Just talking is progress in India, Pakistan ties

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By Paul de Bendern

NEW DELHI (Reuters) - Expectations of a breakthrough in peace talks between India and Pakistan on Wednesday remain low, but the fact the nuclear armed rivals keep talking is a sign that neither side wants to slide back toward conflict in the world's most dangerous region.

Indian Foreign Minister S.M. Krishna and his Pakistani counterpart Hina Rabbani Khar will meet in New Delhi to agree on confidence-building measures, such as relaxing trade and travel restrictions across a ceasefire line dividing disputed Kashmir but are unlikely to make any headway on the thorny territorial issue of Kashmir itself, or on fighting militancy.

"In this case, talking means not going to war. That is the idea. Dialogue is not to resolve the issues, it's to tell the world they're not going to war," said Lalit Mansingh, a former Indian foreign secretary and a former ambassador to the United States.

Peace across the heavily militarized frontier between the nuclear-armed nations is crucial for the United States to draw-down troops and stabilize Afghanistan without sparking off a proxy war between New Delhi and Islamabad in that country.

India and Pakistan in February resumed a formal peace process broken off after the 2008 attack on Mumbai by Pakistan-based militants, which killed 166 people.

The lack of controversy in meetings this year has raised hopes, at least that talking is a step in the right direction.

"We have learned lessons from history but are not burdened by history. We can move forward as good, friendly neighbors who have a stake in each other's future and who understand the responsibility that both the countries have to the region and within the region," Khar told reporters in New Delhi on Tuesday.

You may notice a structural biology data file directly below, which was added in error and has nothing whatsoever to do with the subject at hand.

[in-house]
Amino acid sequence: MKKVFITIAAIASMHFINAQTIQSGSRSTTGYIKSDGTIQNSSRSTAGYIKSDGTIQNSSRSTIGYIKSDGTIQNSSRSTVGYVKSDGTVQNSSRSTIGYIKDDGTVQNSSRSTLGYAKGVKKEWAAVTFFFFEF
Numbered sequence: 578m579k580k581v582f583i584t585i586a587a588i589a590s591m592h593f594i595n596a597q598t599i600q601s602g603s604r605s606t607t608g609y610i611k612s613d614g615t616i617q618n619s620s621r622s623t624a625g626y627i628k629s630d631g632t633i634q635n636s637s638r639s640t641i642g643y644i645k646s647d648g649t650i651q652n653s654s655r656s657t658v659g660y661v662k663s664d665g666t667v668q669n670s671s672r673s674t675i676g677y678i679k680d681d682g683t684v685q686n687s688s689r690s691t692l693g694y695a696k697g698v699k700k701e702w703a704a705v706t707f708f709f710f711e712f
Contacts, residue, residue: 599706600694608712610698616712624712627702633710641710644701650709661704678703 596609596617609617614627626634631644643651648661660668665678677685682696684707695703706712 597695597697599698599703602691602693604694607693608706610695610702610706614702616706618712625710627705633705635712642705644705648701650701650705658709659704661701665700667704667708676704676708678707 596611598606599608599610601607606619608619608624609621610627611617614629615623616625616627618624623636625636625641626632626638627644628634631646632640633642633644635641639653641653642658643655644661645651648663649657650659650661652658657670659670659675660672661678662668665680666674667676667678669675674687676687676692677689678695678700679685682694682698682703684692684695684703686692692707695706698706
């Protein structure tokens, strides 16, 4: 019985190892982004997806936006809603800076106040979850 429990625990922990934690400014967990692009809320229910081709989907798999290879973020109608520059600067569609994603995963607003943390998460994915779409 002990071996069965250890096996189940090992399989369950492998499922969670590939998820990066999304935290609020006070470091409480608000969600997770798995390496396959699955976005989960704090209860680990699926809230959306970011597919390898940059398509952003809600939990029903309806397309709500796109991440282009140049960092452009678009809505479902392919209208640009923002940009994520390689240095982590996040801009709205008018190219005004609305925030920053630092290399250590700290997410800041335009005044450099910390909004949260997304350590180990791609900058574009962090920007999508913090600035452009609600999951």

The focus on Wednesday will be as much on 34-year-old Khar, Pakistan's first female and youngest-ever foreign minister, who was appointed to the post last week. Krishna is 79 years old.

Khar's first major meeting in Delhi was with senior Kashmiri separatist leaders, including the hard-liner Syed Ali Gilani, a sign of how the disputed region occupies the prime position in ties between Pakistan and India.

NO 'BIG BANG' EXPECTATIONS

"We have told Pakistan we are willing to discuss all issues with an open mind," a senior Indian government source said.

"It will be an incremental process. It's not a 'big bang' thing," said the source, who declined to be identified, referring to the unlikelihood of any dramatic breakthrough.

As in previous peace efforts, progress has been slow and vulnerable to any attempts by Pakistan-based militants to try to trigger a war by launching another Mumbai-style attack.

But both sides kept their cool in the aftermath of a triple bomb attack in Mumbai this month that killed at least 23 people and injured more than 130. Police have yet to identify the suspects but security analysts suspect the Indian Mujahideen.

The countries, which announced they had tested nuclear weapons in 1998, have fought three full-scale wars since winning independence in 1947, two of them over Kashmir.

U.S. Secretary of State Hillary Clinton visited New Delhi last week and urged India and Pakistan to normalize ties.

Distrust runs deep and U.S. plans to start pulling troops out of Afghanistan, a country both India and Pakistan have long competed over for influence, adds a fresh challenge to an already volatile, yet strategic region.

The different political and military landscapes in each country also complicate relations -- Pakistan has a powerful military and a weak government while India's government takes the lead with the military there to defend the country.

"The trust deficit has to be removed on both sides," said a Pakistani Foreign Ministry official, who declined to be identified.

(Additional reporting by C.J. Kuncheria and Matthias Williams in New Delhi and Chris Allbritton and Augustine Anthony in Islamabad; Editing by Robert Birsel)